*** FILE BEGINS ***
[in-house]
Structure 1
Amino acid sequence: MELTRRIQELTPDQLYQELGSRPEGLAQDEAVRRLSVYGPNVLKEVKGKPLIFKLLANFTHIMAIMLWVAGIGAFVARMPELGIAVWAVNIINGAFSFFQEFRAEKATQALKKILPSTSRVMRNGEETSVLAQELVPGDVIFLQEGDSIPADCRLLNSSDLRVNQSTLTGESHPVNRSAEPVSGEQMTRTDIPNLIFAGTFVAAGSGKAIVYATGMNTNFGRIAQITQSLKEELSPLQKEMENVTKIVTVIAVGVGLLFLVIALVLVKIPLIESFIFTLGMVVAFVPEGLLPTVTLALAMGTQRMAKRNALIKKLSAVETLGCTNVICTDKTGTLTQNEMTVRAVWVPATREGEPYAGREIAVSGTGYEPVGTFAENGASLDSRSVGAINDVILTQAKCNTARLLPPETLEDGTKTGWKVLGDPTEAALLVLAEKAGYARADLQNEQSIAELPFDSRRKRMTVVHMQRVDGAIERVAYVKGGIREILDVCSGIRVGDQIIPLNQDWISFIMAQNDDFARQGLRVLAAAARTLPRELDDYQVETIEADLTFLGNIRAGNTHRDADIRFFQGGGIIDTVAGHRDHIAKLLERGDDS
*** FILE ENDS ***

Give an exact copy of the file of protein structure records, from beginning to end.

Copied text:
[in-house]
Structure 1
Amino acid sequence: MELTRRIQELTPDQLYQELGSRPEGLAQDEAVRRLSVYGPNVLKEVKGKPLIFKLLANFTHIMAIMLWVAGIGAFVARMPELGIAVWAVNIINGAFSFFQEFRAEKATQALKKILPSTSRVMRNGEETSVLAQELVPGDVIFLQEGDSIPADCRLLNSSDLRVNQSTLTGESHPVNRSAEPVSGEQMTRTDIPNLIFAGTFVAAGSGKAIVYATGMNTNFGRIAQITQSLKEELSPLQKEMENVTKIVTVIAVGVGLLFLVIALVLVKIPLIESFIFTLGMVVAFVPEGLLPTVTLALAMGTQRMAKRNALIKKLSAVETLGCTNVICTDKTGTLTQNEMTVRAVWVPATREGEPYAGREIAVSGTGYEPVGTFAENGASLDSRSVGAINDVILTQAKCNTARLLPPETLEDGTKTGWKVLGDPTEAALLVLAEKAGYARADLQNEQSIAELPFDSRRKRMTVVHMQRVDGAIERVAYVKGGIREILDVCSGIRVGDQIIPLNQDWISFIMAQNDDFARQGLRVLAAAARTLPRELDDYQVETIEADLTFLGNIRAGNTHRDADIRFFQGGGIIDTVAGHRDHIAKLLERGDDS